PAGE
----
Review — Royal Ballet Triple Bill: Agon, Sphinx, and Limen, 13th November 2009

Marianela Nuñez as the Sphinx in Tetley's ballet Sphinx, Royal Ballet photo by Bill Cooper

This was a second visit, my first being on opening night. The dancers were the same, partly because of injury, although Sphinx should have had an entirely new cast. But this time I was close to the stage in the Stalls Circle, so things looked different. I’ll say nothing further about Agon, but make a few more notes about Sphinx and Limen.

In Egypt sphinxes represented power and vigilance, guarding temples. In Greece however there was but one mythological sphinx, represented with a female head and breasts, lion’s body, eagle’s wings and serpent-headed tail. In short a monster that was said to guard the city of Thebes, killing any traveller who could not solve the riddle it asked. In Cocteau’s 1934 play La machine infernale the Sphinx challenges her own destiny. Weary of immortality she desires love and freedom, and takes the guise of a young woman. She falls in love with Oedipus and tells him the answer to the riddle, enabling him to continue to Thebes and follow his destiny. Glen Tetley’s ballet Sphinx was inspired by Cocteau’s play, which he saw in New York in 1950, and he composed the choreography for just three dancers: Oedipus, The Sphinx, and her guardian Anubis, who warns her against falling for Oedipus. Once again Edward Watson was immensely powerful as Anubis, and Marianela Nuñez was a superb Sphinx, but from close up Rupert Pennefather was disappointing. He seemed to be going through the correct motions, but the dance didn’t come from within. In a part like this he needs a greater identification with the character —he needs to own the role.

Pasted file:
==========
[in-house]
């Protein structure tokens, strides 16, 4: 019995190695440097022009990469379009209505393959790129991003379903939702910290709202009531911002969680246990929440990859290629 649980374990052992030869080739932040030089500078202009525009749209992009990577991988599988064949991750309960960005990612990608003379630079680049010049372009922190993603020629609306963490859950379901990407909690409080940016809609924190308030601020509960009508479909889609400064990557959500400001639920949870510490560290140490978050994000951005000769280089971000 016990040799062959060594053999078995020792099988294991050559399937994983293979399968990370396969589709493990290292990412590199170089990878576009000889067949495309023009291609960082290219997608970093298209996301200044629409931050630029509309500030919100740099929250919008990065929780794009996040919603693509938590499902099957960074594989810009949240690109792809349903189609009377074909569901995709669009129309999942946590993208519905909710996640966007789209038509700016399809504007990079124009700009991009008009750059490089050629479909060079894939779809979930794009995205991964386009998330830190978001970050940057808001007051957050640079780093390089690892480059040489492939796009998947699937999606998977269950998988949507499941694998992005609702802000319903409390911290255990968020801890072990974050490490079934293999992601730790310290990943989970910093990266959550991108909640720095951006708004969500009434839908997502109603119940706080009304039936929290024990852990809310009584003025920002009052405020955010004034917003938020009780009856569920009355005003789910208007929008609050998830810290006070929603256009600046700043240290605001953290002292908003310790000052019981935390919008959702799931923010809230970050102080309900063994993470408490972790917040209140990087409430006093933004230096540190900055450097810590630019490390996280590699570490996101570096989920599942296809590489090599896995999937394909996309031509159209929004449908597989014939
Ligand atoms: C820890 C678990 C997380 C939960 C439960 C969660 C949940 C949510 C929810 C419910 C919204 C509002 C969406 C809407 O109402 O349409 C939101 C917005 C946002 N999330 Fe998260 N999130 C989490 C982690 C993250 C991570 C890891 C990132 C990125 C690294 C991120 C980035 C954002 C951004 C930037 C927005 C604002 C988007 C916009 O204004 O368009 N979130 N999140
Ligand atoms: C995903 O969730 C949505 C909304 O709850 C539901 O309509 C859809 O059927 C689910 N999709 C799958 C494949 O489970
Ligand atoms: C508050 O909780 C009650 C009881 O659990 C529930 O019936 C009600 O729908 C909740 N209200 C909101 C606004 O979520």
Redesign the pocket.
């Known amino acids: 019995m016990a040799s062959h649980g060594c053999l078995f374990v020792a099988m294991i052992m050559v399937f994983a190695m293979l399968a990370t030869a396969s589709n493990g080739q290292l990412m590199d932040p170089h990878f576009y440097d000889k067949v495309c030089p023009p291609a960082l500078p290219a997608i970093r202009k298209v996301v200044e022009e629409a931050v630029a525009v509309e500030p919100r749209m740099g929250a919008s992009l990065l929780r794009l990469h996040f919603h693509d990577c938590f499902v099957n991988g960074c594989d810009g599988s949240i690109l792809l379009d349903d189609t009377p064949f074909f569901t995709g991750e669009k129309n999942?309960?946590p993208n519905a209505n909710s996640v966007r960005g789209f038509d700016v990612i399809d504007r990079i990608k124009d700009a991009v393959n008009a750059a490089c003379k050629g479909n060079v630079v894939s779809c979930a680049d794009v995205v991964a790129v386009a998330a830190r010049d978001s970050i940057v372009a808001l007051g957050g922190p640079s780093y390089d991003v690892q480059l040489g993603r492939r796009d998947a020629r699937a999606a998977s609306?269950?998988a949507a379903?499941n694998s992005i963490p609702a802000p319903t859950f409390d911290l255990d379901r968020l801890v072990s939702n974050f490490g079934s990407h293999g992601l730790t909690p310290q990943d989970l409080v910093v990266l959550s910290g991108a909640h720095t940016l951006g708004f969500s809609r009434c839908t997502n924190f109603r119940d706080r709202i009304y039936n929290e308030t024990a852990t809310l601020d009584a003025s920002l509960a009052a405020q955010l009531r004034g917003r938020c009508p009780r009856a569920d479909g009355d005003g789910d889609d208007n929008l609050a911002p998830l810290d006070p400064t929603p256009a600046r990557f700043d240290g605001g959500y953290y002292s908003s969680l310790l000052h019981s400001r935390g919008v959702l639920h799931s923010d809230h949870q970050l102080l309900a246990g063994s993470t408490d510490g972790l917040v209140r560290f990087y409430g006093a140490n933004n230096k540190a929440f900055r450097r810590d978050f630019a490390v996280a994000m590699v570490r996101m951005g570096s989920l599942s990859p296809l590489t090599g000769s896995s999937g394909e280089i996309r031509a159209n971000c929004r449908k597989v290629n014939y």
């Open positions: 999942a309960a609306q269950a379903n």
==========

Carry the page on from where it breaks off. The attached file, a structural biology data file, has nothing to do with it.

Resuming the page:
Wayne McGregor’s new ballet Limen is in two parts, and I liked the first half with the bright costume tops. These disappear in the second half where the lighting is low and the on-again off-again blue lights distract from the action. In the dim light some of the dancers are stationary with their backs to the audience, while one or two dance around them. Apart from the fact that the screen came to the front with its lights mostly on, there was no resolution, but I would have preferred one, particularly since this was the last work of the evening.

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